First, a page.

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Judge Temporarily Blocks Trump Travel Ban


A ruling against President Trump's latest travel ban answers a question often posed by the president's supporters. The question is what the Constitution has to do with an order affecting foreigners. Judges in Maryland and Hawaii have both stopped the ban on travel from six majority-Muslim countries. The Hawaii judge says it's likely the travel order will be found unconstitutional, and he says why. The president's travel order stops visitors from six majority-Muslim countries. And it is true that visitors cannot claim all the constitutional rights of U.S. citizens. But the judge's ruling does not center on who they are. It centers on who we are. The Constitution says the United States government will not favor one religion over another.

NPR's Hansi Lo Wang has been covering this story. He's on the line. Hansi, good morning.

HANSI LO WANG, BYLINE: Good morning, Steve.

INSKEEP: So what is the evidence for how this order did or did not clash with the Constitution?

WANG: Well, the judges said that the Trump administration was arguing that these six countries posed a threat, a national security threat. And the judges say there's not enough evidence to back up that claim, that banning these six majority-Muslim countries - travelers from these countries was necessary for maintaining national security. And that - also that there's a strong likelihood here that if this case were to continue it would violate the First Amendment, specifically the Establishment Clause. The government can't favor one religion over another through this travel ban.

INSKEEP: Although the revised executive order did specifically state this is not religious discrimination. This is not about anybody's particular religion. It's about national security. How did the judge address that?

WANG: Well, the judge in Hawaii, Derrick Watson, he was the first to issue an order last night. He argued that a reasonable, objective observer, based on public statements from the Trump administration, you know, the same administration that - made up of campaign officials that released a press release that called for a total and complete shutdown of Muslims entering the U.S. before the election - this was all designed to disfavor one particular religion, Islam. And, you know, of course, the Justice Department, like you said, argued that they were not targeting against Muslims. Specifically, you know, one reason was that only a small percentage of Muslims would be affected by the travel ban.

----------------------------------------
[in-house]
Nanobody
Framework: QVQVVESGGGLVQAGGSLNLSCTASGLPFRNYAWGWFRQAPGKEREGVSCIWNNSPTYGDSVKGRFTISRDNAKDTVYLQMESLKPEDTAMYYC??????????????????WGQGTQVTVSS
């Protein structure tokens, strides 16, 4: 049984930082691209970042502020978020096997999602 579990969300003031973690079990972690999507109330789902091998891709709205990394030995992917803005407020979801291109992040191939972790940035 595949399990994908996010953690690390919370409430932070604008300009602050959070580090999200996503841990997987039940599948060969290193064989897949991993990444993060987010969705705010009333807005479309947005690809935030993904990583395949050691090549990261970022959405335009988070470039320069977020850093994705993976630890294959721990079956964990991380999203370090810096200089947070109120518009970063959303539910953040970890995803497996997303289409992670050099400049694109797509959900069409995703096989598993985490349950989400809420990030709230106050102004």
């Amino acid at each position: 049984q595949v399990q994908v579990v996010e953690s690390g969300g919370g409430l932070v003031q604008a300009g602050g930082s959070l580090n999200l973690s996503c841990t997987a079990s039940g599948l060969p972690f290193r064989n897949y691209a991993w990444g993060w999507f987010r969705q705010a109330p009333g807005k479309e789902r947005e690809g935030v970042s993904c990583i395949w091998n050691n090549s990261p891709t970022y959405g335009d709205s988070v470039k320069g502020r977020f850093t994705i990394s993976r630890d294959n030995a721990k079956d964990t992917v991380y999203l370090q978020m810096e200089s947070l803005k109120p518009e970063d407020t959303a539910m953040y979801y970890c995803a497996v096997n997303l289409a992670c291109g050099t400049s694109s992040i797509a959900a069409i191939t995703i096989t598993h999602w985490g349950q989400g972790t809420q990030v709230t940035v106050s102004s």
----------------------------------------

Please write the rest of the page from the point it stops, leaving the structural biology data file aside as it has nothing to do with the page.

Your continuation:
But the judge, Derrick Watson, he said, you know, quote, "the illogic of the government's contentions is palpable." He argued, you know, you don't have to target everyone in a group to be discriminating against a group. And there's well-established legal precedence for that.

INSKEEP: So the president's own words were used against him. And then last night, he had an opportunity to offer up some more words.

WANG: That's right. President Trump was at a rally in Nashville, and he described the Hawaii order as unprecedented judicial overreach. And he said this travel ban that the Hawaii judge has blocked is a revised version of his original travel ban. And, you know, some changes include, you know, Iraq being taken off the list of countries banned, green card holders being exempt, Syrian refugees not being banned indefinitely, people being able to apply for waivers. And he says his lawyers were responding to the earlier 9th Circuit Court ruling. But Trump also raised the question of whether the Hawaii order was done for political reasons. And he says - Trump says he regrets toning it down. Here's what he said.


PRESIDENT DONALD TRUMP: This is a watered-down version of the first one. This is a watered-down version. And let me tell you something, I think we ought to go back to the first one and go all the way, which is what I wanted to do in the first place.


INSKEEP: Any idea, Hansi, if we should take him literally? Do we know what the administration will actually do?

WANG: We're not exactly sure what the next steps are, but it's possible that the Hawaii order and the Maryland order ultimately will go to an appeals court. And so this may end up at the Supreme Court at a later date.

INSKEEP: Which would be the final arbiter of any number of lawsuits. There's a variety of lawsuits out there right now. Is that right?

WANG: That's right.

INSKEEP: OK, Hansi, thanks very much. Really appreciate it.

WANG: You're welcome, Steve.

INSKEEP: That's NPR's Hansi Lo Wang in New York City. Transcript provided by NPR, Copyright NPR.